While you may not realize it, if the person you have co-signed for defaults on the loan, you are responsible for repaying the debt, putting your own credit standing, credibility and finances on the line. You run the risk of not only increasing your debt. In addition, if you can’t pay it back, you could have your bank account frozen, wages garnished and credit score lowered for the defaulted loan, Tayne says.
Before signing on the dotted line, make sure that you set ground rules about repayment, Tayne says, and you need to be confident that the person will make timely monthly payments. Otherwise, you will end up with not only more bills to pay but also a ruined relationship.
They arrive like angels at the most vulnerable moments — after a divorce or death of a spouse. But these “helpers” are actually not looking after you at all, says Mela Garber, a tax principal at Anchin, Block & Anchin in New York.
“This is the scariest financial scenario I’ve observed in my 30 years of work,” Garber says.
The scheme works like this: A recently divorced or widowed woman (it can happen to men, but it is primarily women who have not handled finances before) is approached by a charming and kindly stranger who has ideas to help her overcome her grief and solve her financial worries, Garber says.
The con involves showering the victim with attention when she is at her most vulnerable, she says. But the warning signs are there: The con artist runs into financial difficulty and the victim feels obligated to pay, jeopardizing their own debt situation. “As the person moves closer to the victim, he gains more control of her finances,” Garber says.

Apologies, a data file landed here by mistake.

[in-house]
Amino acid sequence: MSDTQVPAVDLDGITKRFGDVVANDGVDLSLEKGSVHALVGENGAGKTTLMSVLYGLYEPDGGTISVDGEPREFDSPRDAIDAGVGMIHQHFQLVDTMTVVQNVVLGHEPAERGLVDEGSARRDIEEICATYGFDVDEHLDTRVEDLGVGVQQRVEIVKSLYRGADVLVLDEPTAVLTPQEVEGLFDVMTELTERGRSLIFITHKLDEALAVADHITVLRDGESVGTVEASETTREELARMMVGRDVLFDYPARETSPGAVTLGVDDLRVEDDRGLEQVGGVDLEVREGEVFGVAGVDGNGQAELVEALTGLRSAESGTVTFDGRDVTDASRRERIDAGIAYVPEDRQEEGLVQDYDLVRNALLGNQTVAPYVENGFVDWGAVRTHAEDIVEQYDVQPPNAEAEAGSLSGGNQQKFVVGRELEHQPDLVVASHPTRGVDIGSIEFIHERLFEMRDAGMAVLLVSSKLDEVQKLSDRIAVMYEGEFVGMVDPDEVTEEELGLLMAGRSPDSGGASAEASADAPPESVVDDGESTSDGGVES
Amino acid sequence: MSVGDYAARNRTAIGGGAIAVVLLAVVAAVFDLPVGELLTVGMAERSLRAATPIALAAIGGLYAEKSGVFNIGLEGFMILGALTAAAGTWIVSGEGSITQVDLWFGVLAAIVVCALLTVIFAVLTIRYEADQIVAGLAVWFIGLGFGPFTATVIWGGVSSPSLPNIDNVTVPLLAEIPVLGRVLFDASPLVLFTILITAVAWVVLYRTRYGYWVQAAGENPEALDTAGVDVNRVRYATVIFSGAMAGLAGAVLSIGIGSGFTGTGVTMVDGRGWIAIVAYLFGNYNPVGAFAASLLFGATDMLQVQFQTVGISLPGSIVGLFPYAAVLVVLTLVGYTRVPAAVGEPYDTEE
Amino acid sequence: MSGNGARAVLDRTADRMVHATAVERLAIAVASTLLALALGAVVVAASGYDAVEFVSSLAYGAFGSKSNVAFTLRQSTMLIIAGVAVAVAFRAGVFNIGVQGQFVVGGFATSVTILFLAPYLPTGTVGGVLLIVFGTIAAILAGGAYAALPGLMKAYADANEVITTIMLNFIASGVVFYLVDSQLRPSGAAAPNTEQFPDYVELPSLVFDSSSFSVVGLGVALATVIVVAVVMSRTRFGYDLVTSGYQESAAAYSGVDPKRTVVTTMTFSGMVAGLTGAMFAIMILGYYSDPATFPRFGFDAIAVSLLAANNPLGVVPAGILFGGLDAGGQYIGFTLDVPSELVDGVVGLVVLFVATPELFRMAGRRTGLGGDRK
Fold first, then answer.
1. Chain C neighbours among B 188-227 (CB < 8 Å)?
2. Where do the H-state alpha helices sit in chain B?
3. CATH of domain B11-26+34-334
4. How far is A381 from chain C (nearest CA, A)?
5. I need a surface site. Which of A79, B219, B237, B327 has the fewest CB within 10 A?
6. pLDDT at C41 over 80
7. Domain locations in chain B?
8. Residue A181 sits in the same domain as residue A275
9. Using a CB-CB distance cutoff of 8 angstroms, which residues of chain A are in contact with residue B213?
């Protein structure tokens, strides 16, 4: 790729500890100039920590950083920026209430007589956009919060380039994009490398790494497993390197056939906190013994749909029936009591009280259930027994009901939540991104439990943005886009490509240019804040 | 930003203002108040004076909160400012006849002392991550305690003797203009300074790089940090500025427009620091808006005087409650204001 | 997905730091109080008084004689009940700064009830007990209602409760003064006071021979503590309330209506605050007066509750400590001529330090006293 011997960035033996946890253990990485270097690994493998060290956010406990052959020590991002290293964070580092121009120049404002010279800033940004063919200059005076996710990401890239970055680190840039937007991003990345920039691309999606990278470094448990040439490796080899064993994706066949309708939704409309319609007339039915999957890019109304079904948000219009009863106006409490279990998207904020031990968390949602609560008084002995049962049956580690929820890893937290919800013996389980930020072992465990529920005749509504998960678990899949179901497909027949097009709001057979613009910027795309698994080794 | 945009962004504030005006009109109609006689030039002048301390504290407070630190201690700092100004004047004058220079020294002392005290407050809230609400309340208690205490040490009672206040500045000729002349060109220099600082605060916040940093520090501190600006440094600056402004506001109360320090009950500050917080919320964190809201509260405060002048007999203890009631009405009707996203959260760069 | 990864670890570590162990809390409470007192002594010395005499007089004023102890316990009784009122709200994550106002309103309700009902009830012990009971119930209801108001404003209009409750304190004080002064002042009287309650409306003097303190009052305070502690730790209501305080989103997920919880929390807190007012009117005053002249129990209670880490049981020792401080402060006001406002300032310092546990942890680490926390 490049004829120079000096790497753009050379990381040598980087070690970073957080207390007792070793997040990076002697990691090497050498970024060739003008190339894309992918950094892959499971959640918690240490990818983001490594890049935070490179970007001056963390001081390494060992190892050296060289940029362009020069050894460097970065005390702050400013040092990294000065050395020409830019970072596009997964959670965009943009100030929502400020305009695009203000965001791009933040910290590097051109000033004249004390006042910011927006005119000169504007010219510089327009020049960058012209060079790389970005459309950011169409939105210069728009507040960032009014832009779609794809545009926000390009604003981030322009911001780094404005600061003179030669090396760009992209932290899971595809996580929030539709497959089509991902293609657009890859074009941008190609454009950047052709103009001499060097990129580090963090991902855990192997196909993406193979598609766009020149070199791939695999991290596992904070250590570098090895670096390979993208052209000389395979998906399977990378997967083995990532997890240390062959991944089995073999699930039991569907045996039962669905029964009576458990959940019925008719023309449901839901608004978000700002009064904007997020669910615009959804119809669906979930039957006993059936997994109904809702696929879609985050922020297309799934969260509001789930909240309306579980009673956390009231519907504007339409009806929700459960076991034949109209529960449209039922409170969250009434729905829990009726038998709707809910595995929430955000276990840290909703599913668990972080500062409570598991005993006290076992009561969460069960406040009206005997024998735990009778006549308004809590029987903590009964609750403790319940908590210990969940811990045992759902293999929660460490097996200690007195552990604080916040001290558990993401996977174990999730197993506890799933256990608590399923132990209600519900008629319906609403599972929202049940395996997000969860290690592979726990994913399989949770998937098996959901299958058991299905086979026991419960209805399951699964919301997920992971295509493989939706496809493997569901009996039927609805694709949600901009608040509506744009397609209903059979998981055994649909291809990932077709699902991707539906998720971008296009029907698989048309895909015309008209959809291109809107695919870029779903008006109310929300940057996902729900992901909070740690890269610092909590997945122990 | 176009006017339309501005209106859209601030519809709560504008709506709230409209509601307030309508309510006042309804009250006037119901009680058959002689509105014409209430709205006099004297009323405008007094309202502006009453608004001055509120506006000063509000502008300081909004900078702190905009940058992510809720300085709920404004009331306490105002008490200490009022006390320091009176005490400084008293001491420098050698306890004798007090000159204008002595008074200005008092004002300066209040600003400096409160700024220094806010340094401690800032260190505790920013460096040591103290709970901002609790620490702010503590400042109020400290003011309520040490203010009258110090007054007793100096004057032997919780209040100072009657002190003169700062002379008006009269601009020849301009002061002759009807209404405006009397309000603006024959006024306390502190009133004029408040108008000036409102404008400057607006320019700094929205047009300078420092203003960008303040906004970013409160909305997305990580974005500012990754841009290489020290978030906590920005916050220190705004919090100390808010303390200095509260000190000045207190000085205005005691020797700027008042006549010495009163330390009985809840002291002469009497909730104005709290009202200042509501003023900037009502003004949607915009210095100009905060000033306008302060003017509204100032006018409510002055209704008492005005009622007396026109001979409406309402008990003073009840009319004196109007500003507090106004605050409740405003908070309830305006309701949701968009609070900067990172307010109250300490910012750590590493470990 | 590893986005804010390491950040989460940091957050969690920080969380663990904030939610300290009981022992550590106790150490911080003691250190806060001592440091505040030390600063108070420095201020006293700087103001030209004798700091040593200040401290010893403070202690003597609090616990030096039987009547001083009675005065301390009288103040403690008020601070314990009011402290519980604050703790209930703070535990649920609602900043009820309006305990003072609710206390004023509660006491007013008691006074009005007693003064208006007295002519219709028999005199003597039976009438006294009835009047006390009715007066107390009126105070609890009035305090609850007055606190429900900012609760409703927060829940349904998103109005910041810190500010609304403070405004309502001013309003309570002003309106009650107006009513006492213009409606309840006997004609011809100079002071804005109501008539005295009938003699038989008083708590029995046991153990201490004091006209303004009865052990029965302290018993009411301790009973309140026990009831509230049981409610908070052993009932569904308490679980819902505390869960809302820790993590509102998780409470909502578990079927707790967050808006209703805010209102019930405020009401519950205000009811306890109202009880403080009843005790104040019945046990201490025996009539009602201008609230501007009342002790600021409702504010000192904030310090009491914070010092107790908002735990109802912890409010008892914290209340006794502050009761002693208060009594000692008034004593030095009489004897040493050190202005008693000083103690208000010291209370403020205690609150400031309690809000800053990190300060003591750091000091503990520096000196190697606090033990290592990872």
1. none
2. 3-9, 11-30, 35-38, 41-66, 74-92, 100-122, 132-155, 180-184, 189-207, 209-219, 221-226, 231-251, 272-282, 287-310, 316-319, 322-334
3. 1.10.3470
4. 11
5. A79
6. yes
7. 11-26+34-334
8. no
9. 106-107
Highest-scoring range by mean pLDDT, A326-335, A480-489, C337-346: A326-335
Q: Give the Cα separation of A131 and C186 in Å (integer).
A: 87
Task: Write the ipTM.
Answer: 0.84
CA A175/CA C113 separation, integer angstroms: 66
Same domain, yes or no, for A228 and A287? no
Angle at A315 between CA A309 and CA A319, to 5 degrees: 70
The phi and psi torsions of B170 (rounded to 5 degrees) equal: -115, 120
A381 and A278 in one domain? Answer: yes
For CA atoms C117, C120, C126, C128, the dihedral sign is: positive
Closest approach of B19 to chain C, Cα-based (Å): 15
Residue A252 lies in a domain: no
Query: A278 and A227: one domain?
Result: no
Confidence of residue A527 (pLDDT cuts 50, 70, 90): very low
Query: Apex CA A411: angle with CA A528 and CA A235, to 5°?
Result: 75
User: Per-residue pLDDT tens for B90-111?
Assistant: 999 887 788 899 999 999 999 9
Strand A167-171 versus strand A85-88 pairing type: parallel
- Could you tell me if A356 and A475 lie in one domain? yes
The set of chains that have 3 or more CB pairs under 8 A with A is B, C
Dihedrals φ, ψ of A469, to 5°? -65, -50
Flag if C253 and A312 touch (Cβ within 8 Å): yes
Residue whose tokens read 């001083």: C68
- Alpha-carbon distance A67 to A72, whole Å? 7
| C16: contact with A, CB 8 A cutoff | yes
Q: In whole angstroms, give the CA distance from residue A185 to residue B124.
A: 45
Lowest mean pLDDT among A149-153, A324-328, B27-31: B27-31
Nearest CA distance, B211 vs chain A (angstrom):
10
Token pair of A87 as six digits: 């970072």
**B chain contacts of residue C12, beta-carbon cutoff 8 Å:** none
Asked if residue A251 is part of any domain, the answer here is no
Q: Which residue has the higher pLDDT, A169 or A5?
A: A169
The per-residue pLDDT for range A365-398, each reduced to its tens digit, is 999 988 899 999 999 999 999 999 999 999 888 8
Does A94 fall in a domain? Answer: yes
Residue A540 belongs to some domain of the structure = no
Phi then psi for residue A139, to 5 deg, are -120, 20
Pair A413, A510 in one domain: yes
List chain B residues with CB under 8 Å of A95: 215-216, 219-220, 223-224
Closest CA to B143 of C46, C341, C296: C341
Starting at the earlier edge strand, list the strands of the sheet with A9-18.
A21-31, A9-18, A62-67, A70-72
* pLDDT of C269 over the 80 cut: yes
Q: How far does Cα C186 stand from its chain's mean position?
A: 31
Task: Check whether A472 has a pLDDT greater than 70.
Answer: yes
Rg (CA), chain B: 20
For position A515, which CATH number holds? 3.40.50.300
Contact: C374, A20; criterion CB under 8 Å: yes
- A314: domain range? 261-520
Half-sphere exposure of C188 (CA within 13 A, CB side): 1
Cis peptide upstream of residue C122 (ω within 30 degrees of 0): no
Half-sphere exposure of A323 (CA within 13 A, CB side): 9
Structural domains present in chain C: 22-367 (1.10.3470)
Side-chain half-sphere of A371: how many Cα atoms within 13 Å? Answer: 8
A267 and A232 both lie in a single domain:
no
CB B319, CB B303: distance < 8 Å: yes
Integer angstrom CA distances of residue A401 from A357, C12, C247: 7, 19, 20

Garber warns that this kind of con can happen at any wealth level. “When someone new comes into your life when you are vulnerable because of a death or divorce, you need to be alert and suspicious,” she says.
Staying alert and aware not only goes for other people in your life but also for yourself. You may be doing things in your daily life that are slowly draining the lifeblood from your finances.
For instance, take bank fees, says Tayne of Tayne Law Group. “You may be charged with fees from your bank without even realizing it.” For example, many banks will offer free checking and savings on the condition that a minimum amount of money is maintained in the account and/or regular direct deposits are made. But if you are unaware of the fine print, you could quickly rack up bank fees without knowing it.
“While the fee may be minimal, it can quickly accumulate if it goes unnoticed throughout the year,” Tayne says.
Another financially draining scenario is taking out too many credit cards. If you have too many credit cards and don’t keep track of your statements, you may miss a payment or find yourself with too much debt, Tayne says.
The solution: Monitor your credit card statements carefully. If you have multiple credit cards with varying due dates, consider contacting each credit card company to make the due dates the same. “This will help minimize the risk of overlooking bills and missing payments, which could eventually impact your credit score,” Tayne says.